Candy Food

Review: King Pepermunt Original

King Pepermunt
A roll of King Pepermunt original mints. Yes, that’s Pepermunt, no matter how many times autocorrect wants me to change it.

I’ve always loved mints.

Scotch mints, with their hard, tooth-shattering shells, have been a staple in my office candy dishes — at least prior to that whole pandemic thing. As a kid, I used to happily grab a few pillow mints from the bowl at the cashier at the diner we used to frequent in Winnipeg. Swirly red and white round peppermints were the standard candy in my childhood advent calendar — they almost made up for having to listen to a bible story before I got one. And those odd clear mints that they used to bring you with the bill at family restaurants? So many memories.

But my favourite has always been what Canadians have typically called English mints. They’re round and powdery, about the size of a stack of maybe four nickels, and they look like a larger version of the mints you’d find in an Altoids tin. They’re not as hard as Scotch mints, and they dissolve more readily. There’s no shell, so the outside is the same as the inside, and they’re far more mellow than a breath mint.

They used to be easier to find in bulk bins and bags in the candy aisle, but it seems like trends have shifted and we’ve collectively decided that Scotch mints are the new default in Canada. Which is too bad, since I consider English mints to be the superior variety.

Thankfully, other parts of the world haven’t yet lost their love of English mints. Enter King Pepermunts. Yes, pepermunt — not peppermint. Made in the Netherlands, these mints are sold in rolls wrapped in foiled paper, often in multi-packs of three of four rolls. And they are wonderful.

Meaty mints?

In looking over the ingredients list, I was surprised to learn that these peppermints have gelatin in them. Confused, I started googling other English-style peppermints from various manufacturers, and I found that this is not an anomaly. It turns out it’s commonplace for this type of mint to contain gelatin.

While I’m not a food scientist, my guess is that the use of gelatin has something to do with the texture of the mint — holding the powdery mint together, and giving it that melty feeling in your mouth as it slowly dissolves. I checked a tin of Altoids I had lying around, and sure enough, same deal. So keep that in mind, vegetarians and vegans. You’ll need to look elsewhere for your minty fix.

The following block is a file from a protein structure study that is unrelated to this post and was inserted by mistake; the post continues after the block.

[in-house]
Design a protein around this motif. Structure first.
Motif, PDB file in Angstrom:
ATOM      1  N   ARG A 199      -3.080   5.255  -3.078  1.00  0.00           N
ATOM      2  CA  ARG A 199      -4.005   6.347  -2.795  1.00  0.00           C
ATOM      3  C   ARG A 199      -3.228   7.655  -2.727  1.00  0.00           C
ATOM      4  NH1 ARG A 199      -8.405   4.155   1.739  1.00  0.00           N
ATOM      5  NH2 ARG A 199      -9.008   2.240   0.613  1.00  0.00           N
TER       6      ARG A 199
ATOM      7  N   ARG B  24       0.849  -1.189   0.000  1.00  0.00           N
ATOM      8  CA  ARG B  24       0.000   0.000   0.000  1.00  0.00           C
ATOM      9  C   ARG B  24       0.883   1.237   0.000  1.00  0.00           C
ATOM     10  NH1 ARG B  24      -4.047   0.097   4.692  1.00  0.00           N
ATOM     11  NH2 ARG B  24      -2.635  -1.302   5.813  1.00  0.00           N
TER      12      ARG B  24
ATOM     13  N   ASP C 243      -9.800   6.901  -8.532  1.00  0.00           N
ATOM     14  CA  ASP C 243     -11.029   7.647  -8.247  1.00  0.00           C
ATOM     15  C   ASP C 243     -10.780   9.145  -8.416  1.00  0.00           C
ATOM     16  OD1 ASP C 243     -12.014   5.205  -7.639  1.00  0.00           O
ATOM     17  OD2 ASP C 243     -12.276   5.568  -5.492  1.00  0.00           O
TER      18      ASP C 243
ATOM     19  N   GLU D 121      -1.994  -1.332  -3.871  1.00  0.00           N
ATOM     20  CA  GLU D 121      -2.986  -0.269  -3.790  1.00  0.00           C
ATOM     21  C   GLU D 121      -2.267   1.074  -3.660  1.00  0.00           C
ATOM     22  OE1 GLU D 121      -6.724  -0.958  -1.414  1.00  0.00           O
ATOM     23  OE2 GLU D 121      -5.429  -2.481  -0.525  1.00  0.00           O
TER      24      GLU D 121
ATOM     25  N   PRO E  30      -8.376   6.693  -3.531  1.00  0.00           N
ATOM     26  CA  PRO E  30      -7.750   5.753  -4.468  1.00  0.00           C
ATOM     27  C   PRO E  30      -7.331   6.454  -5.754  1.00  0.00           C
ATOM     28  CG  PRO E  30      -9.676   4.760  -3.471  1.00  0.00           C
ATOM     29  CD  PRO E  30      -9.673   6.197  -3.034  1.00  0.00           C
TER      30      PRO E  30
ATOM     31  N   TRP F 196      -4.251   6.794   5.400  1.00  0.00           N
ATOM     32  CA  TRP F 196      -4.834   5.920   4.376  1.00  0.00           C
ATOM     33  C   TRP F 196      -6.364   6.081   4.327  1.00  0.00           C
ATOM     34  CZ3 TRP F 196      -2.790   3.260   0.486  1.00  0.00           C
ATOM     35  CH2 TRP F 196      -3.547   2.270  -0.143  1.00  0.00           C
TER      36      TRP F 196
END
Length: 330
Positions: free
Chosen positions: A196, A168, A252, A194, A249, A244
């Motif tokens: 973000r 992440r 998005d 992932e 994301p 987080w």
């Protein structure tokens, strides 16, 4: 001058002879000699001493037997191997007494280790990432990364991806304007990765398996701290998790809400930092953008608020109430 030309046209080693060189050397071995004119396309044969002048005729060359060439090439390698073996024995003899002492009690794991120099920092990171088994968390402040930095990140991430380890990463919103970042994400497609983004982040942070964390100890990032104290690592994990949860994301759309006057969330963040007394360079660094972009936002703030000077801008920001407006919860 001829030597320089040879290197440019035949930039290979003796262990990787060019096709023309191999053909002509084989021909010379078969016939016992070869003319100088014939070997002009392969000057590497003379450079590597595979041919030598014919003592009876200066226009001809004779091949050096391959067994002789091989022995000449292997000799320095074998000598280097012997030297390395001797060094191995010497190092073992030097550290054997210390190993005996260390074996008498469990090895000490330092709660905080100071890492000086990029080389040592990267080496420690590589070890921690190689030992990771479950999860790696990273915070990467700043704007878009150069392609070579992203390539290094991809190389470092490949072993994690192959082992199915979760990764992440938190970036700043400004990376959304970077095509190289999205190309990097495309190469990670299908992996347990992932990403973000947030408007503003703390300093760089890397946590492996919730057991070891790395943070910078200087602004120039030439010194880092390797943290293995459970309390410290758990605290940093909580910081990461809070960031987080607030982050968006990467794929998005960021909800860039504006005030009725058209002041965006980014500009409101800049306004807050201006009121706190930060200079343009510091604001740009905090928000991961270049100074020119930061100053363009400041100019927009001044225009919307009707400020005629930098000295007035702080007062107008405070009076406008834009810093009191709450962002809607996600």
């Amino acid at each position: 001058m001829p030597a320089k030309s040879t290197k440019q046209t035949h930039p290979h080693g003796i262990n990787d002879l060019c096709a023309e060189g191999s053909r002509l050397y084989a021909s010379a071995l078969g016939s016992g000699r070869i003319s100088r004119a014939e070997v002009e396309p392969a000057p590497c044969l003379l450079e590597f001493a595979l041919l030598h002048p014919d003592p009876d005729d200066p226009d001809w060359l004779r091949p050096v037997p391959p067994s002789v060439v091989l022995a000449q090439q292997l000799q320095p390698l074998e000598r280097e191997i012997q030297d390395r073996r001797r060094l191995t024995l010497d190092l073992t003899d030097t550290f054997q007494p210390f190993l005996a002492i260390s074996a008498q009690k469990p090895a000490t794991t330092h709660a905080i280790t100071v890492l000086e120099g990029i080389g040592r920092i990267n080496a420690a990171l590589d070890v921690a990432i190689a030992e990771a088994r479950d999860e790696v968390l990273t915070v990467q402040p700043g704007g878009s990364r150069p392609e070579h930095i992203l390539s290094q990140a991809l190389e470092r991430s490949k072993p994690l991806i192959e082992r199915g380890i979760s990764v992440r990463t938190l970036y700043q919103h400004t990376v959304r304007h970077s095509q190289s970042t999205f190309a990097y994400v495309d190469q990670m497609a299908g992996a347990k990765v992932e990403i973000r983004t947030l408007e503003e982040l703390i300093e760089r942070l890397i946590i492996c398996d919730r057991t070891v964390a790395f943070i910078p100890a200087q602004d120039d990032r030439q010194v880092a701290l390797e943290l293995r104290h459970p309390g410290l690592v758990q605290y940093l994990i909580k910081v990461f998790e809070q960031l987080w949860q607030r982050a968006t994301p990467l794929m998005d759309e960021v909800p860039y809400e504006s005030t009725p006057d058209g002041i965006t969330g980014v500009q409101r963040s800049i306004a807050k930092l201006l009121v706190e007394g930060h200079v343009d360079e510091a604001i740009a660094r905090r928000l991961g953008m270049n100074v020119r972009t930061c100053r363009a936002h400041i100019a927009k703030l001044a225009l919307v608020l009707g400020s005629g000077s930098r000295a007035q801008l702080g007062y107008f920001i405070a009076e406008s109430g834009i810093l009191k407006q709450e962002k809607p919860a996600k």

King Pepermunt
Each King Pepermunt is stamped with a King logo, just in case it wasn’t obvious enough from the packaging.

But what do they taste like?

They dissolve slowly but consistently in the mouth. At first, there’s a hint of creamy coconut, then the mint and sweetness take over, growing in intensity as the sugar and peppermint oil melt away. They’re a perfect balance of sweet and pepperminty, without the sinus-clearing heat/chill of a stronger mint. They’re built for pleasure and taste, not to quickly mask the onions you had on your sub at lunch.

There are lots of different kinds of mints out there, from the aggressively strong mint of a tube of toothpaste, to mints like Altoids that are sold as “curiously strong.” There are the “eucalyptus” style of mints, too, which taste more like cough drops than candy.

These King Pepermunts are for people who like their mints mild and sweet, as a candy that doesn’t serve a dual purpose as a dental/breath/cough remedy. It’s like how mint chocolate chip ice cream is about the joy of the creamy sweet mint flavour, and not about freshening up before a date.

The Details

Price: $4.99 for a four-pack of 44-gram rolls of mints at Safeway in Edmonton.
Value for Money: $1.25 per roll? Solid value.
Availability: So-so in Canada. Check the import section at your grocery store. According to the internet, they’re available at London Drugs. I also recently saw them at the till of a Calgary Co-Op store, so who knows?
Calories: 10 per 1 mint (2 grams)
Verdict: Deliciously minty, but also nicely mild. They won’t leave your tongue numb.

Comments are closed.